March 20, 2014

How Being Ill Can Affect Your Driving

According to Professor Russell Foster, a neuroscientist at Oxford University, an underlying health issue can seriously and dangerously compromise our concentration when driving.

People who snore in their sleep can nod off at the wheel. According to research, snoring is caused when the muscles in the throat relax. If the throat closes completely, you stop breathing for a couple of seconds, and the brain realising it is being starved of oxygen, forces you to wake up. this can happen up to 100 times a night disrupting the sleep cycle. This is termed sleep apnoea syndrome, the effect of which is feeling tired all day which can day make you fall asleep at the wheel, especially on long journeys.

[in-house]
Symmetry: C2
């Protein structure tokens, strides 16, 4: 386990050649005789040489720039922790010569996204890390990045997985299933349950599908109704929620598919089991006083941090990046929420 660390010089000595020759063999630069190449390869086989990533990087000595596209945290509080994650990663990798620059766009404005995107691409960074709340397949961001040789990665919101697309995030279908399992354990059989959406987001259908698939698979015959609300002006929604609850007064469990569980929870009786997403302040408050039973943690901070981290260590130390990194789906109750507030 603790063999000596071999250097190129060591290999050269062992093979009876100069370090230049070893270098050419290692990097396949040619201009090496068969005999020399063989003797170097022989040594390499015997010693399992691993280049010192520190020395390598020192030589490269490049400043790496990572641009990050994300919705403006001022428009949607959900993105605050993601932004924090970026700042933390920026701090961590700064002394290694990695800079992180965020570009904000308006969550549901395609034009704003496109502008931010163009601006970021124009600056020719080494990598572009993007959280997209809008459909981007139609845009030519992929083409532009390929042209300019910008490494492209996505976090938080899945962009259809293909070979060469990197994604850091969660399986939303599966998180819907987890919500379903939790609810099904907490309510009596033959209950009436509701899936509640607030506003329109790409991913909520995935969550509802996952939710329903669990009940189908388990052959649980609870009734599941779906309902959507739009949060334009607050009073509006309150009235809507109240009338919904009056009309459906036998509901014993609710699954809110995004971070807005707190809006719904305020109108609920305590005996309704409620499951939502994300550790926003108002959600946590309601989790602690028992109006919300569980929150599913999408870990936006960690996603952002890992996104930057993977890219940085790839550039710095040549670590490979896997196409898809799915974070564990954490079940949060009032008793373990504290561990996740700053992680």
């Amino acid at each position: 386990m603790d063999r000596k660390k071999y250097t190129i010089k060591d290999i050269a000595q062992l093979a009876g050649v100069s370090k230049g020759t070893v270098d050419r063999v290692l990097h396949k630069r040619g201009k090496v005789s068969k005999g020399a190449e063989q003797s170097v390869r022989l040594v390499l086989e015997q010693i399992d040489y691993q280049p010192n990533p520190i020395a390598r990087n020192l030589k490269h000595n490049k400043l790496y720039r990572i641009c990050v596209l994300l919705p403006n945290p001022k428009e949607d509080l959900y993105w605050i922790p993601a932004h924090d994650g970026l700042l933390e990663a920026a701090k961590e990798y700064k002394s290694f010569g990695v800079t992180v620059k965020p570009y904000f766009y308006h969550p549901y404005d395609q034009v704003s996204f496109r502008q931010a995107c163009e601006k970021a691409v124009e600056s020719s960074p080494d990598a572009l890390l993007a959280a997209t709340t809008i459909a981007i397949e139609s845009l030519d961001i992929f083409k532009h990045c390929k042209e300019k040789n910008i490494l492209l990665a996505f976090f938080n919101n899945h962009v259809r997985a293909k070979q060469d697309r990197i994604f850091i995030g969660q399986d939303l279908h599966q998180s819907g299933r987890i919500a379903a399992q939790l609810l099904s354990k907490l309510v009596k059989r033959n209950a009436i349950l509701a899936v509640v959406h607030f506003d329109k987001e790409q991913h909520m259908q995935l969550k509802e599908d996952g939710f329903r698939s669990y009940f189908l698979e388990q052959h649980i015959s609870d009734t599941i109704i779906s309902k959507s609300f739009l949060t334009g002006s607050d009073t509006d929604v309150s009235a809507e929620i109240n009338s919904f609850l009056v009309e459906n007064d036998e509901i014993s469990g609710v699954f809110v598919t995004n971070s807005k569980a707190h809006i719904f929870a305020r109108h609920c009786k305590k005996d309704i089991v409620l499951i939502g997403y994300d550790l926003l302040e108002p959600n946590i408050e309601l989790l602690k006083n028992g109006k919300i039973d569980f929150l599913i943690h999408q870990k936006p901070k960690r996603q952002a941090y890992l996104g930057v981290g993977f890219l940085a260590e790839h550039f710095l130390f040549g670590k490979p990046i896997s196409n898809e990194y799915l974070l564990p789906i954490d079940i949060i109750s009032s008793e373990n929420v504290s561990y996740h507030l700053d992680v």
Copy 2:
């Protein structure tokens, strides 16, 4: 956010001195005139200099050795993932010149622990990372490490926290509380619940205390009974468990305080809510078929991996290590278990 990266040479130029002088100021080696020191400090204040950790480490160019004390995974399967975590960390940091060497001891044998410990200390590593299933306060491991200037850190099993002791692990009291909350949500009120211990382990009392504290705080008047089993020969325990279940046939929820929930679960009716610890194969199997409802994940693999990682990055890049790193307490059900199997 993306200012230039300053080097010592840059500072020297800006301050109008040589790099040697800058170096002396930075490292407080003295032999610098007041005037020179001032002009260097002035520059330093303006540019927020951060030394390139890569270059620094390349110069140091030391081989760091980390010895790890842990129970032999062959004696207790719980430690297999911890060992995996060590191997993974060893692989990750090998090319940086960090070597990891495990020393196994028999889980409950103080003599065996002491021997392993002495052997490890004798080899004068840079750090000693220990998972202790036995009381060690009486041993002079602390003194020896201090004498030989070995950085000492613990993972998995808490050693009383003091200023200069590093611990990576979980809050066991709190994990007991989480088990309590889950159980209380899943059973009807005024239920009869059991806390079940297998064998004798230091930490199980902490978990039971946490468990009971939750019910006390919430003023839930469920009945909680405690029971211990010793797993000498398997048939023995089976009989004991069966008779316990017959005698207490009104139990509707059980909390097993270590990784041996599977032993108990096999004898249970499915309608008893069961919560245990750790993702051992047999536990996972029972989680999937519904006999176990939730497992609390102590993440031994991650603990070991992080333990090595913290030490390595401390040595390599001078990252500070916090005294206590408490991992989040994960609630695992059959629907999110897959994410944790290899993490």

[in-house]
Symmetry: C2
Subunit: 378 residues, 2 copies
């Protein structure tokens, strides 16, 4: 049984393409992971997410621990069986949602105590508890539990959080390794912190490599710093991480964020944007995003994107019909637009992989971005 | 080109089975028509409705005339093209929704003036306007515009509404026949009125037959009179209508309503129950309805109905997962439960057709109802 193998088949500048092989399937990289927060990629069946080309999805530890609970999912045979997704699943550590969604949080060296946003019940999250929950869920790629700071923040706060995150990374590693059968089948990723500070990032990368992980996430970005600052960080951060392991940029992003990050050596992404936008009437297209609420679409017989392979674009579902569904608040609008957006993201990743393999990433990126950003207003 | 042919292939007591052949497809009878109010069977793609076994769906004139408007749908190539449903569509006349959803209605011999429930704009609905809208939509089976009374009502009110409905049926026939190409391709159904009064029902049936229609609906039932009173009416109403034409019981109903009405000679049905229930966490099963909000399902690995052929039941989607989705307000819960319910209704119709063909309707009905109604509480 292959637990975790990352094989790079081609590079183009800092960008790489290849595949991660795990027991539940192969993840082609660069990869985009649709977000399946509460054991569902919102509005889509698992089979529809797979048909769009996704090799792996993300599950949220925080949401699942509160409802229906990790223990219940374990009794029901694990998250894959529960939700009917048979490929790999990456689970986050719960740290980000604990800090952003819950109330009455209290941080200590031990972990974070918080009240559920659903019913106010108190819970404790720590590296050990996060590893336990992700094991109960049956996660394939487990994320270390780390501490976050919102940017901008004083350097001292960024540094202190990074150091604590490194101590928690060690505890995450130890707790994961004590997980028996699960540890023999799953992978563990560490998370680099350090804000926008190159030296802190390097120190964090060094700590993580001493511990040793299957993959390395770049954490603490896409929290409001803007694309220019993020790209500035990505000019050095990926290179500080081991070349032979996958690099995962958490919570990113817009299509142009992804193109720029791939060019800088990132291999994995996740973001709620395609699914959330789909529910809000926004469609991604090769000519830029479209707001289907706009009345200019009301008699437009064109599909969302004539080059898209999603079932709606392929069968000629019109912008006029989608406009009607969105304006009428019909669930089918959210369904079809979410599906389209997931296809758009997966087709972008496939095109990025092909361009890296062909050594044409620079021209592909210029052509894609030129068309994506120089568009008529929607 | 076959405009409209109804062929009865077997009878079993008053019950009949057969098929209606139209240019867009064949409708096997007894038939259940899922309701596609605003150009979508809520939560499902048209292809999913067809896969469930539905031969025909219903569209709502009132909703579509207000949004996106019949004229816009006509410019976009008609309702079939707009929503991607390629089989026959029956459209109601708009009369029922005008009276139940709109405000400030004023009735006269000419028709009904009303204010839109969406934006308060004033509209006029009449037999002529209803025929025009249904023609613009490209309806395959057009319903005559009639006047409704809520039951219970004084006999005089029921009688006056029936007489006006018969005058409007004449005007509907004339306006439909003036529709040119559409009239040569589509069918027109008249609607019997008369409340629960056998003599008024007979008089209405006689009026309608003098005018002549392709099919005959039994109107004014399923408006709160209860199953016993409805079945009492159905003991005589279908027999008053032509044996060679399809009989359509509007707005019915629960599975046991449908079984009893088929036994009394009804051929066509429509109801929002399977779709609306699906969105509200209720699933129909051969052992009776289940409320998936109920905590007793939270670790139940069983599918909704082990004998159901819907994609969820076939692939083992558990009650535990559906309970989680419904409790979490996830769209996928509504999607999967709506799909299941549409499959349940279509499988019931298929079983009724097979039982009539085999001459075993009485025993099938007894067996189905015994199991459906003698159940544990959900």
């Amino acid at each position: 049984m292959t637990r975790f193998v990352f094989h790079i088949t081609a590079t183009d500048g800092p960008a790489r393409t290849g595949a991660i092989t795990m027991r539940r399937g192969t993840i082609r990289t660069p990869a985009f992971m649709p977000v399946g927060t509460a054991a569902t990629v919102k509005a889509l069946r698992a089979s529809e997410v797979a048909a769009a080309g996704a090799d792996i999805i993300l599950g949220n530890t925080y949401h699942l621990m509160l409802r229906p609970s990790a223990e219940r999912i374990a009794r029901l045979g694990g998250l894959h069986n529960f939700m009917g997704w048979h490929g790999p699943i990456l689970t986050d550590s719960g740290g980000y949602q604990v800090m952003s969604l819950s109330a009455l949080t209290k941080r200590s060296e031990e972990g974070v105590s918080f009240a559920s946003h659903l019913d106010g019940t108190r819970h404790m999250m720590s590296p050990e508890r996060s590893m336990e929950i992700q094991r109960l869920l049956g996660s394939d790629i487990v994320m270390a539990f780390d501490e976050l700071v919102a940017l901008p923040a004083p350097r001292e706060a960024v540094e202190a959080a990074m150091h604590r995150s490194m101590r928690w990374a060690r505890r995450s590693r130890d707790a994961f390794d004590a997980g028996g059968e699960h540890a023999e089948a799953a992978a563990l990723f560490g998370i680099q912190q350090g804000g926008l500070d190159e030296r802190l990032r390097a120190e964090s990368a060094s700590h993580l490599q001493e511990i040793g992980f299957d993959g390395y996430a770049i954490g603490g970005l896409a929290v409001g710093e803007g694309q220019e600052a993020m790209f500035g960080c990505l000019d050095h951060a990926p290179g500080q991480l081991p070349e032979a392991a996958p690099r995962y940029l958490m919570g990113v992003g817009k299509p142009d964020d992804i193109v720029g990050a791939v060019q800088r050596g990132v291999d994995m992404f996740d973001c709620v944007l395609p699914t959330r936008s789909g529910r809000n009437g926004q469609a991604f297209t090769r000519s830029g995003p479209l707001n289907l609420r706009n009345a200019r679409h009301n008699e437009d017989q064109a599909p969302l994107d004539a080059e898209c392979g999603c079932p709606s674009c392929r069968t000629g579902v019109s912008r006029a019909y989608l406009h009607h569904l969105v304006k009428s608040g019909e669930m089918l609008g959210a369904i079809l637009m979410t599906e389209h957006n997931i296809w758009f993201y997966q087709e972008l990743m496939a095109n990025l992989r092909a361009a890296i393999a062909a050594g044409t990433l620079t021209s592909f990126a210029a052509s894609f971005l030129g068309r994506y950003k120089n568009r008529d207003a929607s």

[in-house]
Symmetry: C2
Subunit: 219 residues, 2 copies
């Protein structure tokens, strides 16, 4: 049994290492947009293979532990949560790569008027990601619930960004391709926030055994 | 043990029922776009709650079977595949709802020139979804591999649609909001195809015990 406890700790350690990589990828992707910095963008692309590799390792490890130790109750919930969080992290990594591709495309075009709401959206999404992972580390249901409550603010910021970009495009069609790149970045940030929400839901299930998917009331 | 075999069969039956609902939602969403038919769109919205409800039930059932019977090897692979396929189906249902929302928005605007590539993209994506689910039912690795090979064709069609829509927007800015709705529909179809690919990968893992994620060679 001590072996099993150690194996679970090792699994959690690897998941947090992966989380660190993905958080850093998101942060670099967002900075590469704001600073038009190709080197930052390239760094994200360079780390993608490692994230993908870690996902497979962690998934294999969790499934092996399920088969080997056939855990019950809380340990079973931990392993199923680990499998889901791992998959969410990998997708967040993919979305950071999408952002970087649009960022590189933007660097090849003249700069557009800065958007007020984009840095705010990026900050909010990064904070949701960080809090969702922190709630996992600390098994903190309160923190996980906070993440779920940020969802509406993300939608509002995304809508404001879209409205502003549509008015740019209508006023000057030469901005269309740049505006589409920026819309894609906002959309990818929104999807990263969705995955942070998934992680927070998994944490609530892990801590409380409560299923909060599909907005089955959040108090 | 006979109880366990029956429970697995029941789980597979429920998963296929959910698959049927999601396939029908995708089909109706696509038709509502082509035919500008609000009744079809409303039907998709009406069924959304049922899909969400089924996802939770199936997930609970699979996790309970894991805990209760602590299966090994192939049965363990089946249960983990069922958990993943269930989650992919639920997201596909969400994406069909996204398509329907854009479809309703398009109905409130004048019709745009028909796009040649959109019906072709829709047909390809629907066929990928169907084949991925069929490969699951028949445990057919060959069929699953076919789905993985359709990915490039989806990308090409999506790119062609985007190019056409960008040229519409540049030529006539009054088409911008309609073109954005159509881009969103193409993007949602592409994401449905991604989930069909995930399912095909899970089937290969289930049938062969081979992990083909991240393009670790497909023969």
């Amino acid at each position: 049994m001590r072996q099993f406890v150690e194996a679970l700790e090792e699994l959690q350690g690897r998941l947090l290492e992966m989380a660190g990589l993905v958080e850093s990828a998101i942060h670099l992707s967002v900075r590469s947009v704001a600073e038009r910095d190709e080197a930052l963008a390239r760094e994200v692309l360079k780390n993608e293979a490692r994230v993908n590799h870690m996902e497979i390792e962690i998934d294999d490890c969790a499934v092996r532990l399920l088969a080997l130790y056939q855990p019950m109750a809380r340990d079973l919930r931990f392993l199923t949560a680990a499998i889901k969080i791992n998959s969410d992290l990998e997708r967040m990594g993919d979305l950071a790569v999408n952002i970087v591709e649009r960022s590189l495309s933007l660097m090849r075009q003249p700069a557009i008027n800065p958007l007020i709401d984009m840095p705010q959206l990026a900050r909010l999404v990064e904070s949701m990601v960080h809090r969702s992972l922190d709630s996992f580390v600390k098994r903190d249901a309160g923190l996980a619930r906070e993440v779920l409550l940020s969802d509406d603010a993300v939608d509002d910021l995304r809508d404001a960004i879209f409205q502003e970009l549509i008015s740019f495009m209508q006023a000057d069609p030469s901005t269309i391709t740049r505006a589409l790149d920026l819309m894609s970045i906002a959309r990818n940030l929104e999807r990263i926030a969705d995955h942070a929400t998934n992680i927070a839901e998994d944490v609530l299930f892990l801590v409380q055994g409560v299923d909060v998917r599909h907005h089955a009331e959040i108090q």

A heavy cold or flu can drop our concentration when driving by more than 50% according to research at Cardiff University, which is equivalent to downing more than four double whiskies. Sneezing can also make a driver drive blind for up to 50 feet. An increasing number of adults are developing hay fever for the first time which may cause them to sneeze uncontrollably which is a driving hazard, in particular on a motorway, as we tend to close our eyes when we sneeze.

Medication can even affect driving – in particular, anti-histamine and codeine can cause drowsiness hence slow reaction times, low concentration levels and blurry eyesight.

If you have an accident and only discover afterwards it was due to an underlying health issue, you may lose your licence or worse. It is your responsibility to ensure you are healthy enough to drive.

Safe driving from Britannia!

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